In which I dispense entirely with the usual format of these posts and instead develop the “hawk!Tobias as trans* metaphor” theme in detail.
My name is Tobias. A freak of nature. One of a kind.
This book complicates the reading of hawk!Tobias as a trans* person, but in a way I find really personally resonant. I kind of wish I'd reread it back when I was first wrestling with the decision to transition, because I think there's a painful honesty here that would have meant a lot to me. In this children's book. About kids who turn into animals to fight brain-controlling alien slugs. No, really. Transitioning has, I think, made me a better and happier person, but it's painful and difficult: I truly believe it's the best decision I've ever made, but I still wish I didn't have to do it, and I don't like it and I wish it wasn't part of who I am. It's vastly more complicated than those simplistic, outmoded “trapped in the wrong body” narratives suggest. I can't help but have an ambivalent relationship with my transition. After all, on a purely logistical level, my life was easier when I was living as a woman. I didn't have to feel like I was disappointing and hurting everyone who loved me just by existing; I didn't have to stare down bartenders and airport security officials who can see the mismatch between my gender presentation and the name on my ID; I didn't have to despair over medical bills I can't afford (admittedly, that last wouldn't be a problem if I'd stayed in the UK). I have hated my transgender identity and I have hated my trans body. Even though being a man makes me feel fully alive in a way I couldn't have imagined before, I still have days when I wish I could return to the cocoon of denial and live a “normal” life.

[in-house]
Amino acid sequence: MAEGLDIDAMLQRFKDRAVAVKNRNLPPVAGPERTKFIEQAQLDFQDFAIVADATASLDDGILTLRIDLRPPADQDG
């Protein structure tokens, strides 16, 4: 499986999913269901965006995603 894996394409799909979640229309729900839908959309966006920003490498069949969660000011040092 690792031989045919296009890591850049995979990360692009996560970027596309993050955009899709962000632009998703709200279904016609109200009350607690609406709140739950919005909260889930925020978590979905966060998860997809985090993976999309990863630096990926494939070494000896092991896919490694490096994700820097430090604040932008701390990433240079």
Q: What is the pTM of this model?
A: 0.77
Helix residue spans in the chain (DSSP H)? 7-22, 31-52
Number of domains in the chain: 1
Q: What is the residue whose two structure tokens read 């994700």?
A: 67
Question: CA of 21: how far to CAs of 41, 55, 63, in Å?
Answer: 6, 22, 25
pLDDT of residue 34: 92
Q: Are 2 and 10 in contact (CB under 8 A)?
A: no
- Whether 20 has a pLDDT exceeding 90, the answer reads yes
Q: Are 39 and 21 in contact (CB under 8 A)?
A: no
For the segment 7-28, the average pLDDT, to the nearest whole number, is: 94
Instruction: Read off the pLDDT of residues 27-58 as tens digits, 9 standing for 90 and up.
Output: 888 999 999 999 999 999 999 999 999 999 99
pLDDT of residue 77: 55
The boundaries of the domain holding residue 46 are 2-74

Let me clarify upfront that I am not mapping “male/female” directly onto “hawk/human.” Rather, I am suggesting that Tobias' journey toward accepting and making the best of a body that does not adequately reflect who he is, or who he wants to be, can be read as loosely analogous to the process – which begins as you start to really question your gender, and may continue as transition – of learning to live fully in your trans* body, even though that body is not and may never be precisely the way you feel it should be.
Tobias is undergoing the fragmentation of identity that can sometimes happen during the early stages of transition, when you're struggling to reconcile your past self with the self you want to be. He talks about “the human in my head” and “the hawk in me,” refers to them in the third person, and seems to envision them as conflicting entities, neither of which is his true self. It distinctly reminds me of my pre-transition gender struggles, when I was beginning to accept that I couldn't be a woman, but felt as though I somehow hadn't earned the right to consider myself not a woman. It's incoherent, but it's emotionally truthful to my experience.
He has talked in the past about loving the hawk morph, and he certainly still recognizes the practical upsides: Flying, free entry to concerts and sports events, freedom from routine. “There were millions of things I could do as a bird that I couldn't do as a human.” On the other hand, “It's strange the things you miss when you lose your human body. Like showers. Like really sleeping, all the way, totally passed out. Or like knowing what time it is.” There are pros and cons to being both human and hawk, both trivially and in the broadest sense of one's self-conception; but Tobias will never be simply and unambiguously one or the other. In the same way, at this relatively early stage of transition I struggle to feel simply and unambiguously male, just as, before transition, I never felt simply or unambiguously female. (Of course, many trans people do feel their gender simply and unambiguously. I don't completely rule out the possibility that maybe one day I will too, but right now it's still an ongoing battle.) I am a person complicated by a knotty history of maleness and femaleness, which means that I do not fit the societal norm of either and I have had to wrestle with the expectations and experiences of both. Saying “I am and have always been a man trapped in a woman's body” would, I feel, elide the very real experiences that have formed my past and present self. (Though, again, that is how I personally feel. Other trans* people may and do feel differently.)